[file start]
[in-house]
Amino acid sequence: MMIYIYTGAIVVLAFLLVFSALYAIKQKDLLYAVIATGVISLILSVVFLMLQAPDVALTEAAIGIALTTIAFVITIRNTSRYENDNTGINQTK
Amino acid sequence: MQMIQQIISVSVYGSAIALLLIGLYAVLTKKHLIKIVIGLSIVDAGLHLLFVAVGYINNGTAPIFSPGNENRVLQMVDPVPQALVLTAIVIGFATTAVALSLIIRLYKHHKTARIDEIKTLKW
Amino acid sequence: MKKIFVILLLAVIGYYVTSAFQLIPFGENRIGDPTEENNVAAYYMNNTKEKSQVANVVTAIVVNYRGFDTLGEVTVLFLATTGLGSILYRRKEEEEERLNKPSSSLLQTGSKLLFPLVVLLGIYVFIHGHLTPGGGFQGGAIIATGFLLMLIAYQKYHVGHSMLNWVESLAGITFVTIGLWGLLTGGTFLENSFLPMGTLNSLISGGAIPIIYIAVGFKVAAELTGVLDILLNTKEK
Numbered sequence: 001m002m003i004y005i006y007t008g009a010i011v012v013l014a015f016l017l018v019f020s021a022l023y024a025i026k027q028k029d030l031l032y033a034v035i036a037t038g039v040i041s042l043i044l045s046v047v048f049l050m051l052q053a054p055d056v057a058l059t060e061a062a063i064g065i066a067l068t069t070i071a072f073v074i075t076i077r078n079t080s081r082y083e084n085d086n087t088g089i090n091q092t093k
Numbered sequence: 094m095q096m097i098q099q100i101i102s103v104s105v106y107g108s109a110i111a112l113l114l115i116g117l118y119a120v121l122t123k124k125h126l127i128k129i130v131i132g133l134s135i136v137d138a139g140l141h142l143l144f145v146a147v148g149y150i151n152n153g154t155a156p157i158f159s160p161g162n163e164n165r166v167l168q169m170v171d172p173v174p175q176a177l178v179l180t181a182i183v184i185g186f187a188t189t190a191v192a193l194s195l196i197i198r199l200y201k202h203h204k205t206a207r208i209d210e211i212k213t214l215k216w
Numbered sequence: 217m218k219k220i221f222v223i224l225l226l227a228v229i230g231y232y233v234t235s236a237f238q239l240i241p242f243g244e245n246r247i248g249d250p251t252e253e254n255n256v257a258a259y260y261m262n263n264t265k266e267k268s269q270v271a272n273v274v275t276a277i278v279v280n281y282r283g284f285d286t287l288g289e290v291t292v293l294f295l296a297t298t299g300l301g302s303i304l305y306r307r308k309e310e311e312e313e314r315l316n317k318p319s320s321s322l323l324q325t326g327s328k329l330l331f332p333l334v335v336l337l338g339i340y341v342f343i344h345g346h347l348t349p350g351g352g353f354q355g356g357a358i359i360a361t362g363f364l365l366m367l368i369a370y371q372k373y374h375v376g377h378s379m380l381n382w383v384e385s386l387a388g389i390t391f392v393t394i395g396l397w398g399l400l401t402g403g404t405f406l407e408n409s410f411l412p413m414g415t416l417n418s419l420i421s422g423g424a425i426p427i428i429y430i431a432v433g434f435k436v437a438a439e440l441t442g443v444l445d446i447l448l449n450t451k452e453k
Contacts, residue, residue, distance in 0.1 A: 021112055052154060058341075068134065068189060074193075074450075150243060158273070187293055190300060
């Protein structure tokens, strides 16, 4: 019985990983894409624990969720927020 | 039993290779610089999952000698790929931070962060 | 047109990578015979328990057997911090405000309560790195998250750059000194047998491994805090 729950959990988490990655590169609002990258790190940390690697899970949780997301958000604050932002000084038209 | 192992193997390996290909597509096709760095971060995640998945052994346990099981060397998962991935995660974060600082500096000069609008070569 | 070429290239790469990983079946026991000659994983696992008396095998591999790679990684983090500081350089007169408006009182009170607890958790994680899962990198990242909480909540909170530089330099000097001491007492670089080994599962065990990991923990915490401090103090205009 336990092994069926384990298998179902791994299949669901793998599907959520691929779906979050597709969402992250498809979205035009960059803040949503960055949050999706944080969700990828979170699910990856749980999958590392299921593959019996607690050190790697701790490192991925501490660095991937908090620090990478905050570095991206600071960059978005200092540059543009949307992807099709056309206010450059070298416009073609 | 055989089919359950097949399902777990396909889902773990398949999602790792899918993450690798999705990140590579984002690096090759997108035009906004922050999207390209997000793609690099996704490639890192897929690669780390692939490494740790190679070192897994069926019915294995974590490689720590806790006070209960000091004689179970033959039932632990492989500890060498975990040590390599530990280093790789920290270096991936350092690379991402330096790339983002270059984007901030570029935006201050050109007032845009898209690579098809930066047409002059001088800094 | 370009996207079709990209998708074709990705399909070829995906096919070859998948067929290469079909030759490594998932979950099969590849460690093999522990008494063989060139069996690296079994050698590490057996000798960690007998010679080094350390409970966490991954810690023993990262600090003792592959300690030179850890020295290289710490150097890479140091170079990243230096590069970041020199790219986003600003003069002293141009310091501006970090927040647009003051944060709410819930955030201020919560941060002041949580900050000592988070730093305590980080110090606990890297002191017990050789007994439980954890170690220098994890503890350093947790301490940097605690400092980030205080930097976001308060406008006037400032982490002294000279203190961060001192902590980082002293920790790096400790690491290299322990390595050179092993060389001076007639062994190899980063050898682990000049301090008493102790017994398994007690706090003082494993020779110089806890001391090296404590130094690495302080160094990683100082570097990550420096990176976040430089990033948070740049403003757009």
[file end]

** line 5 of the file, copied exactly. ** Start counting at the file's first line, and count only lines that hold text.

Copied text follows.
Numbered sequence: 001m002m003i004y005i006y007t008g009a010i011v012v013l014a015f016l017l018v019f020s021a022l023y024a025i026k027q028k029d030l031l032y033a034v035i036a037t038g039v040i041s042l043i044l045s046v047v048f049l050m051l052q053a054p055d056v057a058l059t060e061a062a063i064g065i066a067l068t069t070i071a072f073v074i075t076i077r078n079t080s081r082y083e084n085d086n087t088g089i090n091q092t093k